There is archeological and pictoral evidence that the sculpting of foliage may be ancient in origin. The first written record dates back to the times of the Roman Empire. Ancient Romans were fans of growing fruit trees in two-dimensional shapes (known as espalier) as well as of clipping dense-foliage trees such as Italian cypress or boxwood into ornamental shapes (known as topiary). Italian cypress’s columnar growth and dense needles make it a prime candidate for growing pillars, ovals or spirals.
Mix a solution of 1 part bleach and 9 parts water. Soak a clean cloth in this solution. Wipe your shears with the solution in between trimming each tree to prevent the spread of disease.
Choose an Italian cypress that already displays a shape that is roughly conical.
Find the central growing point of the plant. You will work away and down from this point.
Create an initial rough cut cone with long-handled shears. If you are making a spiral or a cone, stand to one side of the plant as you work and look down the face of the cone opposite to you to cut an even shape. Step away from the plant periodically to ensure that you are trimming the plant into a balanced shape.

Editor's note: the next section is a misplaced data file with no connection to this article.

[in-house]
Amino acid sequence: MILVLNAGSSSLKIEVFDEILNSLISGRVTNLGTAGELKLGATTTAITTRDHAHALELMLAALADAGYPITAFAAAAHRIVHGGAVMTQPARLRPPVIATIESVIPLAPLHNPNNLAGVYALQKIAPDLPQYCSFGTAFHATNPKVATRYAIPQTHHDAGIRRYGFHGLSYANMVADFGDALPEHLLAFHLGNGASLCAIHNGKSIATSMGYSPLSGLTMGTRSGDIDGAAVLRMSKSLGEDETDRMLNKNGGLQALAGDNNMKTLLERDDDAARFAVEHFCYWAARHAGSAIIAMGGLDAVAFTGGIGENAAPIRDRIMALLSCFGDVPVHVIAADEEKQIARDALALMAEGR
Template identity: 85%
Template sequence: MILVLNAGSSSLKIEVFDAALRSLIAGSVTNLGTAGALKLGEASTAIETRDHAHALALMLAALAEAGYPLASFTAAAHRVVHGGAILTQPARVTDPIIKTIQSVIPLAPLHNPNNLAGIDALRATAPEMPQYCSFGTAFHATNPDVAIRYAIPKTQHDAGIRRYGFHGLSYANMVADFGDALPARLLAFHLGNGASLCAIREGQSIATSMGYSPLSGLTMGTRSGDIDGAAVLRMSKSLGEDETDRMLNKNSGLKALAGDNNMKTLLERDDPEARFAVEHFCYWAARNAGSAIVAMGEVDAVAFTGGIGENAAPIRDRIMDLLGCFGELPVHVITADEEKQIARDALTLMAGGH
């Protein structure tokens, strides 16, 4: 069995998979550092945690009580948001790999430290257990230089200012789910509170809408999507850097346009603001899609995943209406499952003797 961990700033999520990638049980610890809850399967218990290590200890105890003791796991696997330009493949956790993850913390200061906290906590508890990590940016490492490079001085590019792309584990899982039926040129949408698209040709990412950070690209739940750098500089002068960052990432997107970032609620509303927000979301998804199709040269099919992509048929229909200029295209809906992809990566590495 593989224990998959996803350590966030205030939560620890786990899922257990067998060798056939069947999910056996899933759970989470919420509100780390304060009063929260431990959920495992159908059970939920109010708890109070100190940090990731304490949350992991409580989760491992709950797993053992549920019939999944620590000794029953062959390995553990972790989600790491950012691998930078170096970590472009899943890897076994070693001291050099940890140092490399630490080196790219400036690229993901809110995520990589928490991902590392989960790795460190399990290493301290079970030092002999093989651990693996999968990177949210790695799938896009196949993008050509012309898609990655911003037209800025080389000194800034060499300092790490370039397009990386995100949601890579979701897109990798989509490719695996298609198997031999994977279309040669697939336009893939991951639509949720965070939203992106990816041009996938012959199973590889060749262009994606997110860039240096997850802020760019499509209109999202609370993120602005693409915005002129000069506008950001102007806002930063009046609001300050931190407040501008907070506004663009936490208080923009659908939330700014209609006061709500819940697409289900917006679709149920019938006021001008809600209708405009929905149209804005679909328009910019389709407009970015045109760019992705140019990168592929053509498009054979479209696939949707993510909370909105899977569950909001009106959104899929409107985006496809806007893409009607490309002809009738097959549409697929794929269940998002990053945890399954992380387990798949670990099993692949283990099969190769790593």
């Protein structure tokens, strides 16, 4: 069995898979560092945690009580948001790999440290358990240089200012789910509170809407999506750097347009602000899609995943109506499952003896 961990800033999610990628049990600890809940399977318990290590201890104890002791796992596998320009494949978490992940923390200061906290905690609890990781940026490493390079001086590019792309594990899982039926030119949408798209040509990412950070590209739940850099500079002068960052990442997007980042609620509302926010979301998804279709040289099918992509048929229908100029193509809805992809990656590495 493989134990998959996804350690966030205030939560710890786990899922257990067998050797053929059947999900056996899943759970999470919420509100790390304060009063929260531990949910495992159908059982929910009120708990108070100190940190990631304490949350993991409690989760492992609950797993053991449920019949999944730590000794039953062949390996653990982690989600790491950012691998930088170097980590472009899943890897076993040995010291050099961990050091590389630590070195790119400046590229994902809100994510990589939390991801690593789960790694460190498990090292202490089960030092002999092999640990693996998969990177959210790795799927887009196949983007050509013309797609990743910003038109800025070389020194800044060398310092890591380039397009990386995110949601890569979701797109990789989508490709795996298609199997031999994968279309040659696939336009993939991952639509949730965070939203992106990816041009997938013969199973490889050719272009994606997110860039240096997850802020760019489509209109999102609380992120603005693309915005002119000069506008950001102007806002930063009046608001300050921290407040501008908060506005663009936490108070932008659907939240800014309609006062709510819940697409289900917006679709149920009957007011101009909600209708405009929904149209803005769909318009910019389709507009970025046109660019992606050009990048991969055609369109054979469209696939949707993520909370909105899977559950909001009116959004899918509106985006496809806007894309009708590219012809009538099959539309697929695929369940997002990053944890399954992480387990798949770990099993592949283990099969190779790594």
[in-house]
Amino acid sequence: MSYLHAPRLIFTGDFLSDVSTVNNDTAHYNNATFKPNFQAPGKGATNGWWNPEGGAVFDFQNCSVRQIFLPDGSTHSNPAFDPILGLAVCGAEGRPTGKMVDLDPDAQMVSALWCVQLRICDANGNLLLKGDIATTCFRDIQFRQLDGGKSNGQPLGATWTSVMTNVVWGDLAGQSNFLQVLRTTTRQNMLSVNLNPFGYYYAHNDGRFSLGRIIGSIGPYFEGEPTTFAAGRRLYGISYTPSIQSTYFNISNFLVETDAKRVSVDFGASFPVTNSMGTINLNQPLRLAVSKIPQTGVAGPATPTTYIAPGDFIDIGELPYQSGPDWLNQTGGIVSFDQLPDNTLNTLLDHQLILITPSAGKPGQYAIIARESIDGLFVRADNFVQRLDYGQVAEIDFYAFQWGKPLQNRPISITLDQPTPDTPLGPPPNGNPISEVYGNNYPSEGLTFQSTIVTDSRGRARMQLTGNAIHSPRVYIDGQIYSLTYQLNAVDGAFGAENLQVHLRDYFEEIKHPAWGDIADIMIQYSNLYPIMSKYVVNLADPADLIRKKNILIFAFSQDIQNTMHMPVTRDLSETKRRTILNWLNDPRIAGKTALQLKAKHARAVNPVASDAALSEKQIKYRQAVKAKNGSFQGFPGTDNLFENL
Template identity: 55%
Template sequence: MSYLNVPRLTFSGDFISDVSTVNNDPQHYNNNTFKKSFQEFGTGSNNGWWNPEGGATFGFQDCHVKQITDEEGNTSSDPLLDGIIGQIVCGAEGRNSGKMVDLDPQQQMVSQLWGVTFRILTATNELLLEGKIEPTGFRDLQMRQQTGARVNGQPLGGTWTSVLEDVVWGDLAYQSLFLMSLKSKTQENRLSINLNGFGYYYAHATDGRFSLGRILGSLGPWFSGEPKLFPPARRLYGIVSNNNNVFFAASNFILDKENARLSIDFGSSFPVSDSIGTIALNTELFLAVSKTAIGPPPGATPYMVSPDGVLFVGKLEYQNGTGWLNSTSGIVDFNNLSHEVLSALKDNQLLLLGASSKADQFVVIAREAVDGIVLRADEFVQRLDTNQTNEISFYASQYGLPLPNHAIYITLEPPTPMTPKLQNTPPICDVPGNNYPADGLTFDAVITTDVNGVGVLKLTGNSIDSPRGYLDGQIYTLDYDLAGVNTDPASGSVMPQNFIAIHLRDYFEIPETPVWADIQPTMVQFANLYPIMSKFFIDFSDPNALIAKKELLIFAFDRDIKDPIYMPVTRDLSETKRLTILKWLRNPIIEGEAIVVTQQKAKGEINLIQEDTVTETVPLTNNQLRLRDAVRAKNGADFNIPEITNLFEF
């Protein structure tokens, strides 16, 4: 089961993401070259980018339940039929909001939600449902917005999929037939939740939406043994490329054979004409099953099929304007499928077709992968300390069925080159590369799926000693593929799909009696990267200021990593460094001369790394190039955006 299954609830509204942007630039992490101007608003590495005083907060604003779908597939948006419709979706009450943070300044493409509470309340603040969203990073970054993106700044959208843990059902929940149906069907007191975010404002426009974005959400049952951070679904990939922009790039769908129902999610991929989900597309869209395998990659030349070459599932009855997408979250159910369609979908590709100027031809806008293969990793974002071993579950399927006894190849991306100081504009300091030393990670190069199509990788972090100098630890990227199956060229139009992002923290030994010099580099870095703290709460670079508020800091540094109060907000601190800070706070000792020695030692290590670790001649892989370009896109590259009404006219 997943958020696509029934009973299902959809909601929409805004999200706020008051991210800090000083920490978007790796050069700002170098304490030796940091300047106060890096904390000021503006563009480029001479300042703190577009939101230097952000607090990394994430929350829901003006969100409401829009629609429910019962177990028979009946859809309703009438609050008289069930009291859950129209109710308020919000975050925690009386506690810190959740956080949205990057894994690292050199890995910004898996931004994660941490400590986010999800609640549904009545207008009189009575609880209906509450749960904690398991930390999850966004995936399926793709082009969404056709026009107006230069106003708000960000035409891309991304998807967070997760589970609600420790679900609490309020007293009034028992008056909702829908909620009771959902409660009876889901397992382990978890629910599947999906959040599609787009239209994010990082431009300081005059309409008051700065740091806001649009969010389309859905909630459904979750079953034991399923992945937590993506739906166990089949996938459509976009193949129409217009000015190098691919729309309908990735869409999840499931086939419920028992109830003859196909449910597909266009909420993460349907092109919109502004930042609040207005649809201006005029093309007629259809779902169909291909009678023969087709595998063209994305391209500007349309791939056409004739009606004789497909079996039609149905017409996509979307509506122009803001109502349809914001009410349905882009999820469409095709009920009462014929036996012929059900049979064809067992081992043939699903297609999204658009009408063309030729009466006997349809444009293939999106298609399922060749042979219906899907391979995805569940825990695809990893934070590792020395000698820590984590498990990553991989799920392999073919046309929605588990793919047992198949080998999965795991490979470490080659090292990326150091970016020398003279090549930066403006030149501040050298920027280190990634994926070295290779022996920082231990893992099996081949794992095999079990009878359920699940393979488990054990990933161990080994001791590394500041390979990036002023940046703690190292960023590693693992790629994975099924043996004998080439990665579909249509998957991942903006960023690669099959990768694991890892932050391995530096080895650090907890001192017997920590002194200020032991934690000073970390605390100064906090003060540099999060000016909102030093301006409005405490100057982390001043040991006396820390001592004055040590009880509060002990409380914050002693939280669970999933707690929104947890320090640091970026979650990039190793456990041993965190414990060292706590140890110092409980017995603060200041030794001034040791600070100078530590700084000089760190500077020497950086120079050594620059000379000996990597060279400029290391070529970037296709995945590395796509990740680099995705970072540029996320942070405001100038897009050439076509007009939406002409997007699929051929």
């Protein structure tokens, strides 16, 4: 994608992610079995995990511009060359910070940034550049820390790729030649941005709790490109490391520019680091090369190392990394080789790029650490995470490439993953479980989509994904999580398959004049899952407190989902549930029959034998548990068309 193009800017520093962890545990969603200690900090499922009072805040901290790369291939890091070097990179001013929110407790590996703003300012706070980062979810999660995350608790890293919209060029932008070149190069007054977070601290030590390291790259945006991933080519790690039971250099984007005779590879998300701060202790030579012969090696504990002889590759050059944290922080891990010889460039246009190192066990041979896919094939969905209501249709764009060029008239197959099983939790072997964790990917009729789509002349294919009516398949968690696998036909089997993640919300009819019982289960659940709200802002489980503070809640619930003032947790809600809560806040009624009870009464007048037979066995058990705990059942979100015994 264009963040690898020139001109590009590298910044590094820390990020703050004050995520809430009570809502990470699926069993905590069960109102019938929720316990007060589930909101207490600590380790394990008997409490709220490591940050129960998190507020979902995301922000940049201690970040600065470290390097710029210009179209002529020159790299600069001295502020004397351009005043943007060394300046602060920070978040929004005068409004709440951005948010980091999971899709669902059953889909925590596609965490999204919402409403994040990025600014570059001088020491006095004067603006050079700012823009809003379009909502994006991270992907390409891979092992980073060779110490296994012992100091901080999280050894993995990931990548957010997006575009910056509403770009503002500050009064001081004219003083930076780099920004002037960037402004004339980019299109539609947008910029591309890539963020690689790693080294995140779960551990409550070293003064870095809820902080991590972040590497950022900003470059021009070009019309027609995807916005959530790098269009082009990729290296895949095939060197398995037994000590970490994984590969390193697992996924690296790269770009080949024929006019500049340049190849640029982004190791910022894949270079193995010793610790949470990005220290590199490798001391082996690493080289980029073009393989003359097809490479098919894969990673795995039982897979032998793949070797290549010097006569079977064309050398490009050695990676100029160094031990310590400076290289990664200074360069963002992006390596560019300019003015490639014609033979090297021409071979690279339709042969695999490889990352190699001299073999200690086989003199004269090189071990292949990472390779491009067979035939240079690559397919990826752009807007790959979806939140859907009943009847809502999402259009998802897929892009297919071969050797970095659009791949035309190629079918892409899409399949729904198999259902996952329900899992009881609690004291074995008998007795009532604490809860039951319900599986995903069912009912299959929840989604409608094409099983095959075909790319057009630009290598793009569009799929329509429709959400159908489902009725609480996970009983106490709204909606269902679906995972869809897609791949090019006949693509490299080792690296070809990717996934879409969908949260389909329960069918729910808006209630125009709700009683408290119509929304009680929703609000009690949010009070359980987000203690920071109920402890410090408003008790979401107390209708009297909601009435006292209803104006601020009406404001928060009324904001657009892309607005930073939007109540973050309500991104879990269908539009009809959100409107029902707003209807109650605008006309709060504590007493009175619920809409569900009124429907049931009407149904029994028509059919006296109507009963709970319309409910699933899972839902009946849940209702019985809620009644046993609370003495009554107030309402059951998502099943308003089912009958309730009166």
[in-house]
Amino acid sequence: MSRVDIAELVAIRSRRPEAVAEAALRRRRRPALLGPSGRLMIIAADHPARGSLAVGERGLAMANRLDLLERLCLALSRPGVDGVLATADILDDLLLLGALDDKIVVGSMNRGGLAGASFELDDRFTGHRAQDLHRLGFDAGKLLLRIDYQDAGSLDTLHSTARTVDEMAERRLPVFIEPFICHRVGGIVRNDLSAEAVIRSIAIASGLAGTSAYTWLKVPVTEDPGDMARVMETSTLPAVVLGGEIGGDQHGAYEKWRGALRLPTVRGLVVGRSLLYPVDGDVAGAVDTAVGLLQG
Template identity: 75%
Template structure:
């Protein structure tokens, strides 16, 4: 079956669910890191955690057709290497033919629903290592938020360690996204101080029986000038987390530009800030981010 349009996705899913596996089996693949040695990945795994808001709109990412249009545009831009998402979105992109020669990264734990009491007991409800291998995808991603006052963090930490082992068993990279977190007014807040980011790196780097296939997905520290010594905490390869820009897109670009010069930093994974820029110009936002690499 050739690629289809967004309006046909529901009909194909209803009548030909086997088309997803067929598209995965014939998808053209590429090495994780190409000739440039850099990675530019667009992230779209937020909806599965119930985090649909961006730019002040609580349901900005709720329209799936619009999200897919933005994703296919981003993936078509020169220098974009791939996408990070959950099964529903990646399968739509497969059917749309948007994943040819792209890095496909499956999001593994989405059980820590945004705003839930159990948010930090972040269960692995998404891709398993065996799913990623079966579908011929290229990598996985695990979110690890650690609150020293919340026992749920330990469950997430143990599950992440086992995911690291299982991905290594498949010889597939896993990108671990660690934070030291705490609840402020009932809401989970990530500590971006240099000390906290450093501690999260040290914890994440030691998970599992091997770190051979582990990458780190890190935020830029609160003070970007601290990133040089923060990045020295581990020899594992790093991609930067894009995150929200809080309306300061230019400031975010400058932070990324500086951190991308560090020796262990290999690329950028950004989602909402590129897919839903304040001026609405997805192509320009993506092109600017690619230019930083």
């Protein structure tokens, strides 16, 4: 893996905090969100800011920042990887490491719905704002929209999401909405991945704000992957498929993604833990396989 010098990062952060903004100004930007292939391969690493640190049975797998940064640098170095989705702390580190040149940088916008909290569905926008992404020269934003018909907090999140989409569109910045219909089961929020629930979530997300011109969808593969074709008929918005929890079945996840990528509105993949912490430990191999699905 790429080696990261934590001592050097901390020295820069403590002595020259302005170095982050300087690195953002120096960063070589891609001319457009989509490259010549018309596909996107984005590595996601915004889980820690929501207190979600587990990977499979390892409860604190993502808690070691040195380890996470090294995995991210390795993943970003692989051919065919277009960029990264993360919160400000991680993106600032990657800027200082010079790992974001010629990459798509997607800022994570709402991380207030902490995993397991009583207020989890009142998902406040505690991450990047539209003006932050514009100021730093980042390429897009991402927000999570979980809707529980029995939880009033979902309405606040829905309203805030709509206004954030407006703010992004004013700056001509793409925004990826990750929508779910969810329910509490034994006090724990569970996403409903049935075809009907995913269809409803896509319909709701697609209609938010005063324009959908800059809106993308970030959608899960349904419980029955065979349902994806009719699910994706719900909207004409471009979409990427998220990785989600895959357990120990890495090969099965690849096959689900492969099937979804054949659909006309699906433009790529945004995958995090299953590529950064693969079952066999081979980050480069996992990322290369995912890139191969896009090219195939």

Allow the growth to thicken before further shaping. This is especially important If you are trimming a spiral or a spiral with a ball on the top of it. The tree’s growth should thicken in approximately three months.
Use a guide to trim intricate shapes. A spiral can be designed by laying a string in a spiral path around the tree. A wire bent into a circle will make a good guide for trimming ball shapes.
Trim the rough line of the intricate cut with topiary shears.
Start at the base of the plant and work upward. Lift the foliage above the line that you are trimming to give you better access to the cutting surface. If you are cutting a spiral, make your cuts at shallow angles that become progressively steeper as you go up the plant. If you are cutting a ball shape, use the wire circle as a guide to show you where to make your cuts.